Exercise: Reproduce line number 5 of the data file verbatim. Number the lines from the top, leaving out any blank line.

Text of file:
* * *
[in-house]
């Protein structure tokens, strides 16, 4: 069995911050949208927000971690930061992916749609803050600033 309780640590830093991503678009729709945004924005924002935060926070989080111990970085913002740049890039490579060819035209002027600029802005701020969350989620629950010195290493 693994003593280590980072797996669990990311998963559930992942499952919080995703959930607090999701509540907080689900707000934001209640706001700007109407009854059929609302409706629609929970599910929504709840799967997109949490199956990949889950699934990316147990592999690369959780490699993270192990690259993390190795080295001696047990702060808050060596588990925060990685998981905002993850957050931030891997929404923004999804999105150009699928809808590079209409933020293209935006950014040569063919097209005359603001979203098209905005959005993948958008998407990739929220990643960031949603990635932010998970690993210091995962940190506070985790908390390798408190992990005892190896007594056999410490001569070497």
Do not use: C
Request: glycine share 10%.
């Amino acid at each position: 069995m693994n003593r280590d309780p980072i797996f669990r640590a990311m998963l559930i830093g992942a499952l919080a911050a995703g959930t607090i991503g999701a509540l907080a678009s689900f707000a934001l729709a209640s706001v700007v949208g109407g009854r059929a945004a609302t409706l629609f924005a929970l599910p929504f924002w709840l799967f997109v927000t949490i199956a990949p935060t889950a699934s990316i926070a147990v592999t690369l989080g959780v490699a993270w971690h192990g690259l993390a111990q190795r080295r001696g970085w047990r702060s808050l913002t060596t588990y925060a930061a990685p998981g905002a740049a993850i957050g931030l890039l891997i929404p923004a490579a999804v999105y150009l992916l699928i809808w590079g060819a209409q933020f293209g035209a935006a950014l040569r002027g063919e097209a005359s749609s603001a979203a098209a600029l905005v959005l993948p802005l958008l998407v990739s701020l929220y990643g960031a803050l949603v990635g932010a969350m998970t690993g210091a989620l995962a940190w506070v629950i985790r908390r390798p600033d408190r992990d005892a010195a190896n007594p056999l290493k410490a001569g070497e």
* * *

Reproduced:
């Amino acid at each position: 069995m693994n003593r280590d309780p980072i797996f669990r640590a990311m998963l559930i830093g992942a499952l919080a911050a995703g959930t607090i991503g999701a509540l907080a678009s689900f707000a934001l729709a209640s706001v700007v949208g109407g009854r059929a945004a609302t409706l629609f924005a929970l599910p929504f924002w709840l799967f997109v927000t949490i199956a990949p935060t889950a699934s990316i926070a147990v592999t690369l989080g959780v490699a993270w971690h192990g690259l993390a111990q190795r080295r001696g970085w047990r702060s808050l913002t060596t588990y925060a930061a990685p998981g905002a740049a993850i957050g931030l890039l891997i929404p923004a490579a999804v999105y150009l992916l699928i809808w590079g060819a209409q933020f293209g035209a935006a950014l040569r002027g063919e097209a005359s749609s603001a979203a098209a600029l905005v959005l993948p802005l958008l998407v990739s701020l929220y990643g960031a803050l949603v990635g932010a969350m998970t690993g210091a989620l995962a940190w506070v629950i985790r908390r390798p600033d408190r992990d005892a010195a190896n007594p056999l290493k410490a001569g070497e």